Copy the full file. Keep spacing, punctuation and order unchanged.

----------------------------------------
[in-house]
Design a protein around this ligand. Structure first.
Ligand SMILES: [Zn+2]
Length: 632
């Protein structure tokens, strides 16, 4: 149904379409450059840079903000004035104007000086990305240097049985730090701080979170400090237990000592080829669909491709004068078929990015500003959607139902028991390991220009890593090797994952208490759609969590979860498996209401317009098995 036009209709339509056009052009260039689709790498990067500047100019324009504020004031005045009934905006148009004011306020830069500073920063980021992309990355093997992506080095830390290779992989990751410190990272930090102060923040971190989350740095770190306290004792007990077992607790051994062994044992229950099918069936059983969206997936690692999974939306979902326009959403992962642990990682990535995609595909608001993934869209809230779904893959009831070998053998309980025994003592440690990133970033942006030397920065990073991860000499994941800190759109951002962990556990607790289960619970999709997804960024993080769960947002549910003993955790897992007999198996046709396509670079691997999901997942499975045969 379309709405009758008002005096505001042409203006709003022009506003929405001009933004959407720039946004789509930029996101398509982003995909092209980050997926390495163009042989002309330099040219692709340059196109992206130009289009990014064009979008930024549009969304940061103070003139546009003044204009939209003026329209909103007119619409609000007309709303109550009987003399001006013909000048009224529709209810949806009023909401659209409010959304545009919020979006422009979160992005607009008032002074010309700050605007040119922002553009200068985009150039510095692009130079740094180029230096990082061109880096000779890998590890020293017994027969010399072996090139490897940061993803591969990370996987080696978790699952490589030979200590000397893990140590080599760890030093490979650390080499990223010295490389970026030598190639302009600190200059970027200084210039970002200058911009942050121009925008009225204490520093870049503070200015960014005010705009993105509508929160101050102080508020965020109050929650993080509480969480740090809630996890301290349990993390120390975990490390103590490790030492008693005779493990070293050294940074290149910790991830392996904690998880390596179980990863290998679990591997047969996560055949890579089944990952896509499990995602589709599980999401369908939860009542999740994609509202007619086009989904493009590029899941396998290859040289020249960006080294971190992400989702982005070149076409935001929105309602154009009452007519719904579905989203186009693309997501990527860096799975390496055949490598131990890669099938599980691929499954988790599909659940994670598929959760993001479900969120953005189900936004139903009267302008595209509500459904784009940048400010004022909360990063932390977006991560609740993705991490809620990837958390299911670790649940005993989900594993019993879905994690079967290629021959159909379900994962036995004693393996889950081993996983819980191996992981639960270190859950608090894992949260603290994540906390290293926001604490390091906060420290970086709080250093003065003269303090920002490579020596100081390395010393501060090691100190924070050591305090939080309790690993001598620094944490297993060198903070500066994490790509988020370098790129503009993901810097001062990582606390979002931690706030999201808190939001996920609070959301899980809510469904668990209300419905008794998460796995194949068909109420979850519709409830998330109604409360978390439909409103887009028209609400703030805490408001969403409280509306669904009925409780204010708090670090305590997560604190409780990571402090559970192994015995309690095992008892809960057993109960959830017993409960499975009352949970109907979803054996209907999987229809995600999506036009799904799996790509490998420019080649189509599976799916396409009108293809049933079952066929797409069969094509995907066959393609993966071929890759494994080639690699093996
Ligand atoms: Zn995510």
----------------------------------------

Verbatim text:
[in-house]
Design a protein around this ligand. Structure first.
Ligand SMILES: [Zn+2]
Length: 632
């Protein structure tokens, strides 16, 4: 149904379409450059840079903000004035104007000086990305240097049985730090701080979170400090237990000592080829669909491709004068078929990015500003959607139902028991390991220009890593090797994952208490759609969590979860498996209401317009098995 036009209709339509056009052009260039689709790498990067500047100019324009504020004031005045009934905006148009004011306020830069500073920063980021992309990355093997992506080095830390290779992989990751410190990272930090102060923040971190989350740095770190306290004792007990077992607790051994062994044992229950099918069936059983969206997936690692999974939306979902326009959403992962642990990682990535995609595909608001993934869209809230779904893959009831070998053998309980025994003592440690990133970033942006030397920065990073991860000499994941800190759109951002962990556990607790289960619970999709997804960024993080769960947002549910003993955790897992007999198996046709396509670079691997999901997942499975045969 379309709405009758008002005096505001042409203006709003022009506003929405001009933004959407720039946004789509930029996101398509982003995909092209980050997926390495163009042989002309330099040219692709340059196109992206130009289009990014064009979008930024549009969304940061103070003139546009003044204009939209003026329209909103007119619409609000007309709303109550009987003399001006013909000048009224529709209810949806009023909401659209409010959304545009919020979006422009979160992005607009008032002074010309700050605007040119922002553009200068985009150039510095692009130079740094180029230096990082061109880096000779890998590890020293017994027969010399072996090139490897940061993803591969990370996987080696978790699952490589030979200590000397893990140590080599760890030093490979650390080499990223010295490389970026030598190639302009600190200059970027200084210039970002200058911009942050121009925008009225204490520093870049503070200015960014005010705009993105509508929160101050102080508020965020109050929650993080509480969480740090809630996890301290349990993390120390975990490390103590490790030492008693005779493990070293050294940074290149910790991830392996904690998880390596179980990863290998679990591997047969996560055949890579089944990952896509499990995602589709599980999401369908939860009542999740994609509202007619086009989904493009590029899941396998290859040289020249960006080294971190992400989702982005070149076409935001929105309602154009009452007519719904579905989203186009693309997501990527860096799975390496055949490598131990890669099938599980691929499954988790599909659940994670598929959760993001479900969120953005189900936004139903009267302008595209509500459904784009940048400010004022909360990063932390977006991560609740993705991490809620990837958390299911670790649940005993989900594993019993879905994690079967290629021959159909379900994962036995004693393996889950081993996983819980191996992981639960270190859950608090894992949260603290994540906390290293926001604490390091906060420290970086709080250093003065003269303090920002490579020596100081390395010393501060090691100190924070050591305090939080309790690993001598620094944490297993060198903070500066994490790509988020370098790129503009993901810097001062990582606390979002931690706030999201808190939001996920609070959301899980809510469904668990209300419905008794998460796995194949068909109420979850519709409830998330109604409360978390439909409103887009028209609400703030805490408001969403409280509306669904009925409780204010708090670090305590997560604190409780990571402090559970192994015995309690095992008892809960057993109960959830017993409960499975009352949970109907979803054996209907999987229809995600999506036009799904799996790509490998420019080649189509599976799916396409009108293809049933079952066929797409069969094509995907066959393609993966071929890759494994080639690699093996
Ligand atoms: Zn995510």